As Li himself noted,
Though Mr Li said that he could not possibly "want to see" defaults in financial products, he added that "sometimes certain individual cases of such defaults are hardly avoidable".
As a gentle reminder (from our very detailed coverage of the China bubble about to burst), the bubble is gigantic (as Marc Faber would say) and there are many more debt maturities coming up...
From November 2012, The Chinese Credit Bubble - Full Frontal:
Everyone should also know that like a metastatic cancer, the amount of non-performing, bad loans within the Chinese financial system is growing at an exponential pace.
Finally, what everyone learned over the past month, is that as the two massive, and unresolvable forces, come to a head, the first cracks in the facade are starting to appear as first one then another shadow-banking Trust product failed and had to be bailed out in the last minute.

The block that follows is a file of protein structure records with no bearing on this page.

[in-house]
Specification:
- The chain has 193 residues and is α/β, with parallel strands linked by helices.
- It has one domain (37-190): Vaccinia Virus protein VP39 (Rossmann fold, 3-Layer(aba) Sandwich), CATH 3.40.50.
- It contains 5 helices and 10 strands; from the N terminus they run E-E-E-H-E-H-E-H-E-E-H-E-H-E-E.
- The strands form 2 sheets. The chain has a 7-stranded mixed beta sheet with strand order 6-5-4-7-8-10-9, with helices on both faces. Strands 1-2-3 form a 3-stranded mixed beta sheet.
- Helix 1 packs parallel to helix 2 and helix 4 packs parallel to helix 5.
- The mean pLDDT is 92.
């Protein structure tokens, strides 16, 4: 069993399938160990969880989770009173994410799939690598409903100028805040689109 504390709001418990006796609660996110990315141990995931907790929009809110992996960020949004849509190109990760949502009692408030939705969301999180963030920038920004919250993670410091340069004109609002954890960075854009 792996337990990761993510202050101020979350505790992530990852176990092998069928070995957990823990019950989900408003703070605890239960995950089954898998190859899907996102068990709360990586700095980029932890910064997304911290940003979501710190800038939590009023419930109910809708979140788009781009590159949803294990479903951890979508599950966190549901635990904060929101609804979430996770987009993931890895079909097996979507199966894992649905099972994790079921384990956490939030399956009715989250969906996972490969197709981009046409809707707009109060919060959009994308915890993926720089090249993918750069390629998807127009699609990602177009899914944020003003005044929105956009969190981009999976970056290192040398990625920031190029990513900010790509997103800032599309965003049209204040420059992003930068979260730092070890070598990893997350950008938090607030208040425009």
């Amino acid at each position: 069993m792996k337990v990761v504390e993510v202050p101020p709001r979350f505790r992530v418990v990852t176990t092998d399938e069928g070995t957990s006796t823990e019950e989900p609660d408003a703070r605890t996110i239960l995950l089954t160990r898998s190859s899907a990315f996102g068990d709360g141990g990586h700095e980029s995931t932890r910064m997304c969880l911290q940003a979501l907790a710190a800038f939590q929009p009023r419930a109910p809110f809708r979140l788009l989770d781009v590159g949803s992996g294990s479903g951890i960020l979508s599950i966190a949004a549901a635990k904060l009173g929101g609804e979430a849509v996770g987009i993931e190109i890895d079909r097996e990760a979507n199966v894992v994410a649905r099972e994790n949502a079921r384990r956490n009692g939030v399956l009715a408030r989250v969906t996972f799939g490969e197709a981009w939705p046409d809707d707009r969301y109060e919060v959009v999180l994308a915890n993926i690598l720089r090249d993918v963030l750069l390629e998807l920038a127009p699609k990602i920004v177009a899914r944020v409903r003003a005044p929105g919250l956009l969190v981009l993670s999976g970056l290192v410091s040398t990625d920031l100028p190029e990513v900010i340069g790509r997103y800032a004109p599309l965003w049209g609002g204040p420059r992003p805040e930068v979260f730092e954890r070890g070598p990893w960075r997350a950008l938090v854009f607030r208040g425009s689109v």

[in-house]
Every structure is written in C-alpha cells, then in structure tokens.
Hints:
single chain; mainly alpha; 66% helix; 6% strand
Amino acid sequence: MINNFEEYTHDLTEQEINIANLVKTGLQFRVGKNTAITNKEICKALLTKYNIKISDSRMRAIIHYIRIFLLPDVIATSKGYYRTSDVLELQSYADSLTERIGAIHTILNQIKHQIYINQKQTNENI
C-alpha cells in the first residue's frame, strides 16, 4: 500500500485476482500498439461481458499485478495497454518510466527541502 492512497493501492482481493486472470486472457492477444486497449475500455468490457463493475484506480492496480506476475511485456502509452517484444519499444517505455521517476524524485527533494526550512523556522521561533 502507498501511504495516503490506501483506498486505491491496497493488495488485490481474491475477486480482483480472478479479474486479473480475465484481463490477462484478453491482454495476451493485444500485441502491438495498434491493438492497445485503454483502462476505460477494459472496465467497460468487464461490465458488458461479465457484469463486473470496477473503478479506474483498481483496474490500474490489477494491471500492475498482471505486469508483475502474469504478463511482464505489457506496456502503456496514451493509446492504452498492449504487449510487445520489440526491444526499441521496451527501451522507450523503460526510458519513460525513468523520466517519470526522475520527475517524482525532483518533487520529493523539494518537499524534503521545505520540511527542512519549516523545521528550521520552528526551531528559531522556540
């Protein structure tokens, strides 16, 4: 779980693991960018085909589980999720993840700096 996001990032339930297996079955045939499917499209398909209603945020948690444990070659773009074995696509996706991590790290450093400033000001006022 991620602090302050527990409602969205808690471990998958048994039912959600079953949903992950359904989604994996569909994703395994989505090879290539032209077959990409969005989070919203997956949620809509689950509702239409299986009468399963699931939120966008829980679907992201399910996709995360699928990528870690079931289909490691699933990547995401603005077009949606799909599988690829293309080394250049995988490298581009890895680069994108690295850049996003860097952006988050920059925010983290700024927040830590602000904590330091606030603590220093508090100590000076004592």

However, as we showed again last week, the default party in China is only just beginning as Trust failures in the coming months are set to accelerate at a breakneck pace.
So as Moody's noted:
Analysts see more such defaults in the coming months in sectors with overcapacity, such as steel and mining, as crackdowns on careless loans continue. "The lack of intervention is consistent with the central Chinese government's adoption of more market-oriented policies, which include increased tolerance for corporate bond defaults, as it reforms the country's financial markets," Moody's said in a commentary after the default.
In conclusion, one default here or there now is no longer relevant as the first crack in the dam has been made. Risk will be re-priced... confidence has been broken that money is free and 10% yields are riskless... finally, as we previously noted in great detail, here are the next steps...
The question, however, in addition to "why", is whether the Fed also agrees with BofA's stunningly frank, and quite disturbing conclusion, perhaps finally realizing that aside from the US, the biggest house of cards that would topple once the "flow"-free emperor is exposed in his nudity, is that of the world's largest "growth" (and credit) dynamo of the past two decades - China. Because, as noted above, if Lehman's collapse was bad, a deflationary collapse brought on by Chinese hard landing coupled with a full unwind of the global carry trade, would be disastrous and send the world into a depression the likes of which have never before been seen.